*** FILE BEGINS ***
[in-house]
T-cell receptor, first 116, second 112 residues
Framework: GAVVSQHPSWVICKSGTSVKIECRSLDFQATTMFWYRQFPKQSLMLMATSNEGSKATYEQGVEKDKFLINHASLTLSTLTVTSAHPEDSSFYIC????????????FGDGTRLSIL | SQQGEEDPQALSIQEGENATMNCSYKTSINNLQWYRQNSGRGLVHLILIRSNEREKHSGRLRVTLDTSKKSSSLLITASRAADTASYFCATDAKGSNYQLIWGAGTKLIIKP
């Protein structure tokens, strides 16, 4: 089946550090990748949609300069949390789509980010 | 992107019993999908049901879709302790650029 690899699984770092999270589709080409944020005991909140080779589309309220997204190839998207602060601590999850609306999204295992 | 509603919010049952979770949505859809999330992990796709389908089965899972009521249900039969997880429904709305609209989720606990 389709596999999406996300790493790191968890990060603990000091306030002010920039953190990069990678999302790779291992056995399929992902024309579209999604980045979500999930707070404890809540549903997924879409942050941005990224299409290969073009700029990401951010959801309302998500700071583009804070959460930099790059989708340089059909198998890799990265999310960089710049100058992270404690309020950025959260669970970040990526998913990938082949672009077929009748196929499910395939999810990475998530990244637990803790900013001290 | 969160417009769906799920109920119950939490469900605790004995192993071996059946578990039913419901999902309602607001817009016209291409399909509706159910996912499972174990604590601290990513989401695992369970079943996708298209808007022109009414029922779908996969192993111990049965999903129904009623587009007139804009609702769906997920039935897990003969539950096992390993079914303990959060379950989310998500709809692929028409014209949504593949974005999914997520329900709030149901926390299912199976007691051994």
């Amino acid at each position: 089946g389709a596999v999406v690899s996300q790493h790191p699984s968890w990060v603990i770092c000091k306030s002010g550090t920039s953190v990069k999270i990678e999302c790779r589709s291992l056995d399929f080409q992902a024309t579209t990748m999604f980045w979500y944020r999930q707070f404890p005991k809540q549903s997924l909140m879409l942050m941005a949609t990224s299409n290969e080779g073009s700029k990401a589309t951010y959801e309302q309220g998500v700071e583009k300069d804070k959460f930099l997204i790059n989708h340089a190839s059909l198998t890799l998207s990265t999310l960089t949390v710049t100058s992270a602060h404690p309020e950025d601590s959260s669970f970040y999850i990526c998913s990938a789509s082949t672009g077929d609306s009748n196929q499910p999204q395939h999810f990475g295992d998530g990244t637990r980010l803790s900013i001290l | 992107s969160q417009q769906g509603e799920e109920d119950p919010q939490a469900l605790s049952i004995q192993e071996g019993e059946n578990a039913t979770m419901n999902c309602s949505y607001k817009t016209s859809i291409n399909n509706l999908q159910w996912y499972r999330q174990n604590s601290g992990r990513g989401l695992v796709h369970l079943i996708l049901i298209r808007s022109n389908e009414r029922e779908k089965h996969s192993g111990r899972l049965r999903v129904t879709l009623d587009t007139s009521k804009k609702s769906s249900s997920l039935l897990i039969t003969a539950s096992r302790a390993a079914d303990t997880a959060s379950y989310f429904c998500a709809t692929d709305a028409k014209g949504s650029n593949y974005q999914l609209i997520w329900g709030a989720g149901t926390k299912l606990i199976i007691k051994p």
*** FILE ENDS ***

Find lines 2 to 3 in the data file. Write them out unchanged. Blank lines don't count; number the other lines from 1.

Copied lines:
T-cell receptor, first 116, second 112 residues
Framework: GAVVSQHPSWVICKSGTSVKIECRSLDFQATTMFWYRQFPKQSLMLMATSNEGSKATYEQGVEKDKFLINHASLTLSTLTVTSAHPEDSSFYIC????????????FGDGTRLSIL | SQQGEEDPQALSIQEGENATMNCSYKTSINNLQWYRQNSGRGLVHLILIRSNEREKHSGRLRVTLDTSKKSSSLLITASRAADTASYFCATDAKGSNYQLIWGAGTKLIIKP